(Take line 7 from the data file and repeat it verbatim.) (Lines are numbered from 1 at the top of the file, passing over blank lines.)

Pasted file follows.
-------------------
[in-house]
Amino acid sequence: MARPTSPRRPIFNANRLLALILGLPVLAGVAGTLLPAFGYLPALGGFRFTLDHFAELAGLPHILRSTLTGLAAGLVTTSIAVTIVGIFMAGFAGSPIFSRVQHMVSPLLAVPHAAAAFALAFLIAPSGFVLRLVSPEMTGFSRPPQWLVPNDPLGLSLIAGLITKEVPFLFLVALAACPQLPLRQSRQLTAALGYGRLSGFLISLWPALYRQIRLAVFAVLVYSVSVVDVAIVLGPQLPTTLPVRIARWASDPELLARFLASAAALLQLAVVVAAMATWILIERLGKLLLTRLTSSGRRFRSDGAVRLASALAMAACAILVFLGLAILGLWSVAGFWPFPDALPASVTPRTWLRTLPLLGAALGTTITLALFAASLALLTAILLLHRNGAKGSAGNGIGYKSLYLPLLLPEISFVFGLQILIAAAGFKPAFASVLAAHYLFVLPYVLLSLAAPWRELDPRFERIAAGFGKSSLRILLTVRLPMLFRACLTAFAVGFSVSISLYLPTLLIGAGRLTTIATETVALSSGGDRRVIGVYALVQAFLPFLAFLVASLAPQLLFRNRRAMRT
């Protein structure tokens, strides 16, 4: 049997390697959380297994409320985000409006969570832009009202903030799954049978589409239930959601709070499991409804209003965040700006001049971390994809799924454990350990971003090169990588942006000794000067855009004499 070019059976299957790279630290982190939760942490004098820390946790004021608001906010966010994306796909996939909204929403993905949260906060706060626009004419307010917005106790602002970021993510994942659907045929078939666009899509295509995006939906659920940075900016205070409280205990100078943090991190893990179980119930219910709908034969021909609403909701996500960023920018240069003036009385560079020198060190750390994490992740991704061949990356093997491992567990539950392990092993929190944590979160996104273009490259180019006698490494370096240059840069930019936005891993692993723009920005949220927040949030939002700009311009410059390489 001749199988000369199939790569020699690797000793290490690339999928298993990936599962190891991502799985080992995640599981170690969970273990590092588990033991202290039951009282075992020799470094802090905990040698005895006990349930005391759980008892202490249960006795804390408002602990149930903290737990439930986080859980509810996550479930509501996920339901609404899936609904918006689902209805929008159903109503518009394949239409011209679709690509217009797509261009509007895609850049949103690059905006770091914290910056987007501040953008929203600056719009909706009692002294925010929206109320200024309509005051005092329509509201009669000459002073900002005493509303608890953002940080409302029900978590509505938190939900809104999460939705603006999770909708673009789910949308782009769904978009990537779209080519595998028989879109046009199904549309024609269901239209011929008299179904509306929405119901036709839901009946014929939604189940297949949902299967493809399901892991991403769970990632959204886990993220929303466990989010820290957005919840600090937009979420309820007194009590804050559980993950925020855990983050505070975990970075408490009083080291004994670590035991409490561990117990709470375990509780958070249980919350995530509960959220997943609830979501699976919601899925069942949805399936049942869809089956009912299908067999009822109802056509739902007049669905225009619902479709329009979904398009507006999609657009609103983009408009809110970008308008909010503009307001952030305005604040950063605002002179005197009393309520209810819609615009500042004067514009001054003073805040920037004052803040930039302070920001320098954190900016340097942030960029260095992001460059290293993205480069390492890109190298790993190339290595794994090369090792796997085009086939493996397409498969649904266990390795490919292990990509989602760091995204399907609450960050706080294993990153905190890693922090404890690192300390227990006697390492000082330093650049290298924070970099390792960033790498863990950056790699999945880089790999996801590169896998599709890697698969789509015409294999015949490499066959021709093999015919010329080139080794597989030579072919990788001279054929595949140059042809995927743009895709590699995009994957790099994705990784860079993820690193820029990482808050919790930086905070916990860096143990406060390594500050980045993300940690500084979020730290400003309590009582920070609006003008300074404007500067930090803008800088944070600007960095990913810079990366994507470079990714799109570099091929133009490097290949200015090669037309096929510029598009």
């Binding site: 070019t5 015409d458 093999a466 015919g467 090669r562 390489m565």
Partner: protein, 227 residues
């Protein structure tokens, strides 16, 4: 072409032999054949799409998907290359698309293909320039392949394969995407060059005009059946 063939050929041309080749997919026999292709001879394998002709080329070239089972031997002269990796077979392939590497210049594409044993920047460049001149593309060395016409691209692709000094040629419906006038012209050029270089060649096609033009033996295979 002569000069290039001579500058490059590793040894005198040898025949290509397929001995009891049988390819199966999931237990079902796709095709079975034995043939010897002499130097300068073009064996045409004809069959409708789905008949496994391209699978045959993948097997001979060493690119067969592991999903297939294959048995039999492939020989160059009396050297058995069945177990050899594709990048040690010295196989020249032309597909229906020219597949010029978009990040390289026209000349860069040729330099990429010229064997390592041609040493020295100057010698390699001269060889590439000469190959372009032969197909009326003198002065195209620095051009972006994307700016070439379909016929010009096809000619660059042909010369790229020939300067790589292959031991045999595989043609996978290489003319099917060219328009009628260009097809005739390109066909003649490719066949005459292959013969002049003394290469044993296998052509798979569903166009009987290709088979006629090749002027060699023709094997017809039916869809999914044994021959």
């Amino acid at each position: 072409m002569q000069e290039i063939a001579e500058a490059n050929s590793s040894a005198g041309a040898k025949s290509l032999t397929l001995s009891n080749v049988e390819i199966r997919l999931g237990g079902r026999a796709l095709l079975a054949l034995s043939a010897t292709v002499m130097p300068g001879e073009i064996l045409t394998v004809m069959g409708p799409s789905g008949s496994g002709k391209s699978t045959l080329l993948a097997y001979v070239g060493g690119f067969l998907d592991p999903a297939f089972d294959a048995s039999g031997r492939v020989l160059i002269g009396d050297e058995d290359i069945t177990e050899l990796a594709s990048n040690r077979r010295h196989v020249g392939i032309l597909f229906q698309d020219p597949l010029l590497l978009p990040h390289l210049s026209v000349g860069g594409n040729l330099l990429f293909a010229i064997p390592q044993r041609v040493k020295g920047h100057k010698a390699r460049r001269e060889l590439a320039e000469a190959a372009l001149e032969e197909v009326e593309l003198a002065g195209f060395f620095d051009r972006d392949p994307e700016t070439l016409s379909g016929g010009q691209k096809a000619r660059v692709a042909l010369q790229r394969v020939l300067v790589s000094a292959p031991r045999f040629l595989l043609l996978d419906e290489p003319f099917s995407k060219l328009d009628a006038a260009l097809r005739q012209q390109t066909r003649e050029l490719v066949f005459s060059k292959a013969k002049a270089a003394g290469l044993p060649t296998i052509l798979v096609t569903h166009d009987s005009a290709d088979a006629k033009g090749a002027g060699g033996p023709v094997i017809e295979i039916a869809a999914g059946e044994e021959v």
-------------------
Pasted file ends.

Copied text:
């Amino acid at each position: 072409m002569q000069e290039i063939a001579e500058a490059n050929s590793s040894a005198g041309a040898k025949s290509l032999t397929l001995s009891n080749v049988e390819i199966r997919l999931g237990g079902r026999a796709l095709l079975a054949l034995s043939a010897t292709v002499m130097p300068g001879e073009i064996l045409t394998v004809m069959g409708p799409s789905g008949s496994g002709k391209s699978t045959l080329l993948a097997y001979v070239g060493g690119f067969l998907d592991p999903a297939f089972d294959a048995s039999g031997r492939v020989l160059i002269g009396d050297e058995d290359i069945t177990e050899l990796a594709s990048n040690r077979r010295h196989v020249g392939i032309l597909f229906q698309d020219p597949l010029l590497l978009p990040h390289l210049s026209v000349g860069g594409n040729l330099l990429f293909a010229i064997p390592q044993r041609v040493k020295g920047h100057k010698a390699r460049r001269e060889l590439a320039e000469a190959a372009l001149e032969e197909v009326e593309l003198a002065g195209f060395f620095d051009r972006d392949p994307e700016t070439l016409s379909g016929g010009q691209k096809a000619r660059v692709a042909l010369q790229r394969v020939l300067v790589s000094a292959p031991r045999f040629l595989l043609l996978d419906e290489p003319f099917s995407k060219l328009d009628a006038a260009l097809r005739q012209q390109t066909r003649e050029l490719v066949f005459s060059k292959a013969k002049a270089a003394g290469l044993p060649t296998i052509l798979v096609t569903h166009d009987s005009a290709d088979a006629k033009g090749a002027g060699g033996p023709v094997i017809e295979i039916a869809a999914g059946e044994e021959v």